FTC employees remind influencers and brands to clearly disclose relationship.

Commission aims to enhance disclosures in social media endorsements.

After reviewing various Instagram posts by celebrities, athletes, and alternative influencers, Federal Trade Commission employees recently sent out over 90 letters reminding influencers and marketers that influencers should clearly and conspicuously disclose their relationships to brands when promoting or endorsing merchandise through social media.

The letters were informed by petitions filed by Public citizen and attached organizations regarding influencer advertising on Instagram, and Instagram posts reviewed by FTC employees. They mark the first time that Federal Trade Commission workers has reached out directly to educate social media influencers themselves.

The FTC’s Endorsement Guides give that if there’s a “material connection” between an endorser and an advertiser – in other words, a connection which may have an effect on the weight or credibility that customers give the endorsement – that connection should be clearly and conspicuously disclosed, unless it’s already clear from the context of the communication. A material connection might be a business or family relationship, financial payment, or the gift of a free product. Significantly, the Endorsement Guides apply to both marketers and endorsers.

In addition to providing background data on when and how marketers and influencers should disclose a material connection in a commercial, the letters each addressed one point specific to Instagram posts — consumers viewing Instagram posts on mobile devices usually see only the first 3 lines of an extended post unless they click “more,” which many might not do. The staff’s letters informed recipients that when creating endorsements on Instagram, they should disclose any material connection above the “more” button.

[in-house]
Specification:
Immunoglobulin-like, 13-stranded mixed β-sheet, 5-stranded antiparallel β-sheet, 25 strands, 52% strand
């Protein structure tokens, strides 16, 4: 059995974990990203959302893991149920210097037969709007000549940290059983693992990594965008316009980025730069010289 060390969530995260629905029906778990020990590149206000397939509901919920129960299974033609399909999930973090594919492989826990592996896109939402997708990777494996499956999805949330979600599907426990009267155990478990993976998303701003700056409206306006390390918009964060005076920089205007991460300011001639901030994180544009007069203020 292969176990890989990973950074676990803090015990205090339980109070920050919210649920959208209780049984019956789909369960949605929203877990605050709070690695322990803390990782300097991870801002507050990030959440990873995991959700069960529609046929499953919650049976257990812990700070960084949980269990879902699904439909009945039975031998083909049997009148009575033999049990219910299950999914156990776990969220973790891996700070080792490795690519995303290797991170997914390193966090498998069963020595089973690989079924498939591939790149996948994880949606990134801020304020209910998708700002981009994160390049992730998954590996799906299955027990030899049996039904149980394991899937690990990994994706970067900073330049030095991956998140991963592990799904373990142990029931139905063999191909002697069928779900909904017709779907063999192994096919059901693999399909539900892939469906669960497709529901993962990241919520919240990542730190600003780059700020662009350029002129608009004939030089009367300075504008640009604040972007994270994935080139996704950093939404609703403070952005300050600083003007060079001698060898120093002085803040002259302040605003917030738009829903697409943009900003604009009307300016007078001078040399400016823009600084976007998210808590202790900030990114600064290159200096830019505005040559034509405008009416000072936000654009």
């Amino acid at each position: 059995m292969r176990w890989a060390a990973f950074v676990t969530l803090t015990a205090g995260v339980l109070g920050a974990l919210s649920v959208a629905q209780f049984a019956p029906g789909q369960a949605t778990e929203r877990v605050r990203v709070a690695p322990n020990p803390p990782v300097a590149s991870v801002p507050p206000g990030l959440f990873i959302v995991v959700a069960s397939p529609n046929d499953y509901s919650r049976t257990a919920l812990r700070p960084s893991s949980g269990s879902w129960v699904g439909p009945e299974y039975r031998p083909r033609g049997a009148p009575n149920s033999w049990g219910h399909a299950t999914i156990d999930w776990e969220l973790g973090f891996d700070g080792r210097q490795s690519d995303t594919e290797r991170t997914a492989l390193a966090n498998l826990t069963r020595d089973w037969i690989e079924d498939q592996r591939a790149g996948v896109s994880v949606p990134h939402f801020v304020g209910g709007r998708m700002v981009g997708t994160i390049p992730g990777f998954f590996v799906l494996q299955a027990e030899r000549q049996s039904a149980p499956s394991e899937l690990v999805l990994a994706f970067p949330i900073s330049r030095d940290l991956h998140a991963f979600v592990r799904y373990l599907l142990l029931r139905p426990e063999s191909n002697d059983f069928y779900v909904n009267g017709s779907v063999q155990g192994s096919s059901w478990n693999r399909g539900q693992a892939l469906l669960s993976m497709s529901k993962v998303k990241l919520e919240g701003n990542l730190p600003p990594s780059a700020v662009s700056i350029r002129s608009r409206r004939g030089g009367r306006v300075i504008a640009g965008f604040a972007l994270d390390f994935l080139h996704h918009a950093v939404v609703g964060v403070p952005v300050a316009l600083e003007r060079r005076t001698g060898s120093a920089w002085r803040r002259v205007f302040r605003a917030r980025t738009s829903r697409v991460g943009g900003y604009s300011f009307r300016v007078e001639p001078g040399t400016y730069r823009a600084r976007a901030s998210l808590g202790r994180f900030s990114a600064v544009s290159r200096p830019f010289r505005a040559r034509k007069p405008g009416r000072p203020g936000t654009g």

The letters additionally noted that when multiple tags, hashtags, or links are used, readers may just skip over them, particularly when they seem at the end of a long post – which means that a disclosure placed in such a string isn’t probably to be conspicuous.

Some of the letters addressed particular disclosures that aren’t sufficiently clear, remarking that many customers won’t understand a disclosure like “#sp,” “Thanks [Brand],” or “#partner” in an Instagram post to mean that the post is sponsored.

The staff’s letters were sent in response to a sample of Instagram posts creating endorsements or referencing brands. In sending the letters, the staff didn’t predetermine in every instance whether the brand mention was in truth sponsored, as opposed to an organic mention.
In addition to the Endorsement Guides, the FTC has previously addressed the requirement for endorsers to adequately disclose connections to brands through law enforcement actions and the staff’s business education efforts.

The workers additionally issued FTC’s Endorsement Guides: What people are Asking, an informal business guidance document that answers commonly asked questions. The staff’s letters to endorsers and brands enclosed copies of both guidance documents.

The FTC isn’t publicly releasing the letters or the names of the recipients at this time.

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